Clinton neighbor gets 25 to life

December 2, 2008 3:23:21 PM PST
A disbarred lawyer was sentenced Tuesday to 25 years to life in prison for shooting and killing his wife as they drove to their suburban home just down the street from Bill and Hillary Rodham Clinton. Carlos Perez-Olivo, 60, listened impassively as Westchester County Judge Barbara Zambelli imposed the maximum sentence and said, "You are a master of deceit who contrived a diabolical plan to murder your wife for your own financial gain."

Perez-Olivo, who was convicted two months ago of second-degree murder and weapon possession in the death of his wife, Peggy, declined the opportunity to speak before sentencing, saying "I have nothing to add."

His lawyer, Christopher McClure, had asked the judge for the minimum sentence, 15 years to life, after asserting that the jury came to the wrong decision about a case built entirely on circumstantial evidence. Outside court, he promised an appeal.

McClure read a letter from Perez-Olivo's three grown children, also requesting the minimum sentence.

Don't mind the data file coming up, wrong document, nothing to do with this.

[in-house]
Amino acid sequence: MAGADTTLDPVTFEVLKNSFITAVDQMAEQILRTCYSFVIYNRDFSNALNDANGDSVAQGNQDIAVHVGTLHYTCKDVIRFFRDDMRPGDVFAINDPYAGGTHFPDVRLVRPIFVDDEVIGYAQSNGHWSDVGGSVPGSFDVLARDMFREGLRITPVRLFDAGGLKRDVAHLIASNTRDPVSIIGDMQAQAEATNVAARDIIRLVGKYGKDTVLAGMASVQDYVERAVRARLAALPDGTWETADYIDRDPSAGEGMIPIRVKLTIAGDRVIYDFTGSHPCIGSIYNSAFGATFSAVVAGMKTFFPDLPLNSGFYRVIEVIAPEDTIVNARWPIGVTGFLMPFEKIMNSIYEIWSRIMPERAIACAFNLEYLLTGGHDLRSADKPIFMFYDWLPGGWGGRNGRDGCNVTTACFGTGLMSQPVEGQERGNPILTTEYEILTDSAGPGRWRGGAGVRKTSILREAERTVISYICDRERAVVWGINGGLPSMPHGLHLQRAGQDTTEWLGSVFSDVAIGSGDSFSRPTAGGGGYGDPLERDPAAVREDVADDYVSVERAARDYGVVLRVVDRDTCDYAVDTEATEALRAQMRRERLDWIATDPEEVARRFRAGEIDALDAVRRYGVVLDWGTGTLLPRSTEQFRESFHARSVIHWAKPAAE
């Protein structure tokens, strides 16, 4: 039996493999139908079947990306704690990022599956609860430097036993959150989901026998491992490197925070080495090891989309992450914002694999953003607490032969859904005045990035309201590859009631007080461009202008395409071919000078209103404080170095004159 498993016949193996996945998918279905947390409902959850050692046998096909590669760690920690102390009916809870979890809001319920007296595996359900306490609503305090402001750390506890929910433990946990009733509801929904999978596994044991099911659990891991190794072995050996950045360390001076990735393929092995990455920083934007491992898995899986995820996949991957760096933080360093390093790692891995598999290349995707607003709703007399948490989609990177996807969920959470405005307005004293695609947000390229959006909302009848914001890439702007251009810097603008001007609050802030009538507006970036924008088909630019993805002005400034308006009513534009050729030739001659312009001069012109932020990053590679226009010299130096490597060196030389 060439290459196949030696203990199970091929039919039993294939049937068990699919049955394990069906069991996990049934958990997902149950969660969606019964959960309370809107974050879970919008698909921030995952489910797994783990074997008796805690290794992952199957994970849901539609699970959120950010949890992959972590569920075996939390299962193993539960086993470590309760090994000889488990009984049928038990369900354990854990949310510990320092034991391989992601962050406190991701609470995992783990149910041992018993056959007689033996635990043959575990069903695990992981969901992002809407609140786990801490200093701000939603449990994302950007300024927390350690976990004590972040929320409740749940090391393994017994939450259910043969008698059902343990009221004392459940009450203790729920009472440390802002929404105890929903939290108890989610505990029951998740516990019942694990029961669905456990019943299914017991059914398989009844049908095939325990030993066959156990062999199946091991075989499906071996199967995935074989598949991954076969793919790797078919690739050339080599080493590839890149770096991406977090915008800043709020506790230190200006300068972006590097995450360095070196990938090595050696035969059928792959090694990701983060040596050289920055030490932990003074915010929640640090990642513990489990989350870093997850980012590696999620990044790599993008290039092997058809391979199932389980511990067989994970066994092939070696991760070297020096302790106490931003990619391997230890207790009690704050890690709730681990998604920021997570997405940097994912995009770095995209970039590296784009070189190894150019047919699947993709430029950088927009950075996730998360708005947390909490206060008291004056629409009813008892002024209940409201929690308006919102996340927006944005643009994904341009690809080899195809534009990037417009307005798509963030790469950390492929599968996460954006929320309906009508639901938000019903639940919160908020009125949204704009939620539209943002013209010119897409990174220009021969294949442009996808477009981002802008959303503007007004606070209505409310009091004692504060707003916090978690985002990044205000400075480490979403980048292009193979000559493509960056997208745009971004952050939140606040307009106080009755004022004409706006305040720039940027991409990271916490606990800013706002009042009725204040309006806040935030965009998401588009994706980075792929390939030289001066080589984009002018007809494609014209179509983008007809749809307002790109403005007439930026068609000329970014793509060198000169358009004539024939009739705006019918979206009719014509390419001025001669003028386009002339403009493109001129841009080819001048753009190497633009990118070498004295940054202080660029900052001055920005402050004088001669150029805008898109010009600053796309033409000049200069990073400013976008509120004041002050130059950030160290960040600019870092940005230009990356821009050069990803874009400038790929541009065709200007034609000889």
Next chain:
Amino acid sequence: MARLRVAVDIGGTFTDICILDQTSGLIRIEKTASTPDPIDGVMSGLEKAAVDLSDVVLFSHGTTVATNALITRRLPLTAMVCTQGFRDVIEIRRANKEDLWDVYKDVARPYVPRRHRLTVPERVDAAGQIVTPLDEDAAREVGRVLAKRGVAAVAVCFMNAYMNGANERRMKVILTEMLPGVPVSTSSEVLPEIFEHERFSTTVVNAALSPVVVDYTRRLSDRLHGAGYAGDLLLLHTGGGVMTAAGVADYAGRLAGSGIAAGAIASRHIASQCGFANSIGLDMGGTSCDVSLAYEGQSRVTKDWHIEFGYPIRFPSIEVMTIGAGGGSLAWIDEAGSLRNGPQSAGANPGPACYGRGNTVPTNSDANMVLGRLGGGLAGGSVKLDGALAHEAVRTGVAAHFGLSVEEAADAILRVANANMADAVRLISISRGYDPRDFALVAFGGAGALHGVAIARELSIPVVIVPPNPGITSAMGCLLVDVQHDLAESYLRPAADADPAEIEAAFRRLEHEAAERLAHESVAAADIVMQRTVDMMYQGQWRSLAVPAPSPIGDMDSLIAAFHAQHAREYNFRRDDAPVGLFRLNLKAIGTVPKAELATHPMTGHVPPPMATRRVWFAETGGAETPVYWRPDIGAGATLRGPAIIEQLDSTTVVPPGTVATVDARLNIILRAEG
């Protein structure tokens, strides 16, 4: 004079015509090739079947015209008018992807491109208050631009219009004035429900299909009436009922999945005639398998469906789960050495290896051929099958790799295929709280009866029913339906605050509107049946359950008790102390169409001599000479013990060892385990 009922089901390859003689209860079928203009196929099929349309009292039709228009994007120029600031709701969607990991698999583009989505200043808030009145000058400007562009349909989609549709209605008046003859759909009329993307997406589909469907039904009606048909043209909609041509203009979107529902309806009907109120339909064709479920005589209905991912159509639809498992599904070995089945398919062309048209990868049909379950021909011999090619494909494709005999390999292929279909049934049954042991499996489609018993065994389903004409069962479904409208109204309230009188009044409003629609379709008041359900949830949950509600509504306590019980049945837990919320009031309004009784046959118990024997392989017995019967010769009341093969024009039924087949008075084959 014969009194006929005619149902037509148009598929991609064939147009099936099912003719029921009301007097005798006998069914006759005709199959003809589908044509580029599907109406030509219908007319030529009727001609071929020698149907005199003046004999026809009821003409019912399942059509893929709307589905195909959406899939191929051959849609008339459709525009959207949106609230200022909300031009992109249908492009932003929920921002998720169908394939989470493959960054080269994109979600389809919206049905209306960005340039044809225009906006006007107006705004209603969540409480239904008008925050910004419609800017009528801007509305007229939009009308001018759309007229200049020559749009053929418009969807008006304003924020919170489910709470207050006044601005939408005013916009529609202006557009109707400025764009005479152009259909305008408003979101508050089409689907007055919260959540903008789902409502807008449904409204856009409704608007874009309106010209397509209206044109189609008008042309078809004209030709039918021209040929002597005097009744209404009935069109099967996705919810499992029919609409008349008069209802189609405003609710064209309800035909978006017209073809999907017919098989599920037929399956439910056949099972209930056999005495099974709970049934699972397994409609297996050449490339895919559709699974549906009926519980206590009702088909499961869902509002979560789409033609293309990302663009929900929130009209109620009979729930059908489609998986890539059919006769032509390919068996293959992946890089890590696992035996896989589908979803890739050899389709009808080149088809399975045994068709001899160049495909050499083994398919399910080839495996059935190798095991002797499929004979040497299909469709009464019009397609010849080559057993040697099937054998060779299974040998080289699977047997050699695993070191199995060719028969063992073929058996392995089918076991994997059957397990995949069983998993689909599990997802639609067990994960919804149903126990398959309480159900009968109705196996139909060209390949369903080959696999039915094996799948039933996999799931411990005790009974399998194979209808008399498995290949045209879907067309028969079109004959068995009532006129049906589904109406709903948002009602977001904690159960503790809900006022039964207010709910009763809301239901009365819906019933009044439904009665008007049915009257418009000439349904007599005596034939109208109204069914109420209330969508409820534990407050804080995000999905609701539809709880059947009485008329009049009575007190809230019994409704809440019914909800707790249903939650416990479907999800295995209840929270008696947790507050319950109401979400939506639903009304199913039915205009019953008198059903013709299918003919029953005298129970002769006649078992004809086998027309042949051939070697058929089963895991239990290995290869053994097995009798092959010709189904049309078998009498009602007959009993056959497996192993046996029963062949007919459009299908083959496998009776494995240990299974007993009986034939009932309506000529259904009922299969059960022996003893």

"We have no mother, now we have no father," the letter said.

"We trusted in the legal system and it has failed us."

Only the oldest child, Carlos Perez-Hall, was in the courtroom; he declined comment. His brother Merced, who punched a hole in a courthouse wall when Perez-Olivo was convicted, and their sister, Alysia, were too upset to come to court, McClure said.

McClure said he had forwarded to the judge several letters from the dead wife's relatives in support of Perez-Olivo.

Prosecutor Perry Perrone argued for the maximum sentence, calling the crime "a well-conceived, well-thought-out, well-planned and well-executed premeditated murder."

Perez-Olivo, who had been disbarred for misconduct in his representation of criminal clients, was convicted of shooting his schoolteacher wife in the back of the head as they drove home to Chappaqua in November 2006. Prosecutors said he wanted his wife's life insurance, worth nearly $900,000.

Perez-Olivo blamed the attack on a carjacker, possibly a hit man hired by an angry client. But prosecutors said the superficial gunshot wound he suffered was self-inflicted and a witness testified that several months before the killing, he saw Perez-Olivo handling a gun just like the pre-World War II Walther PPK that investigators fished from a lake near the crime scene.

That gun was established as the murder weapon.

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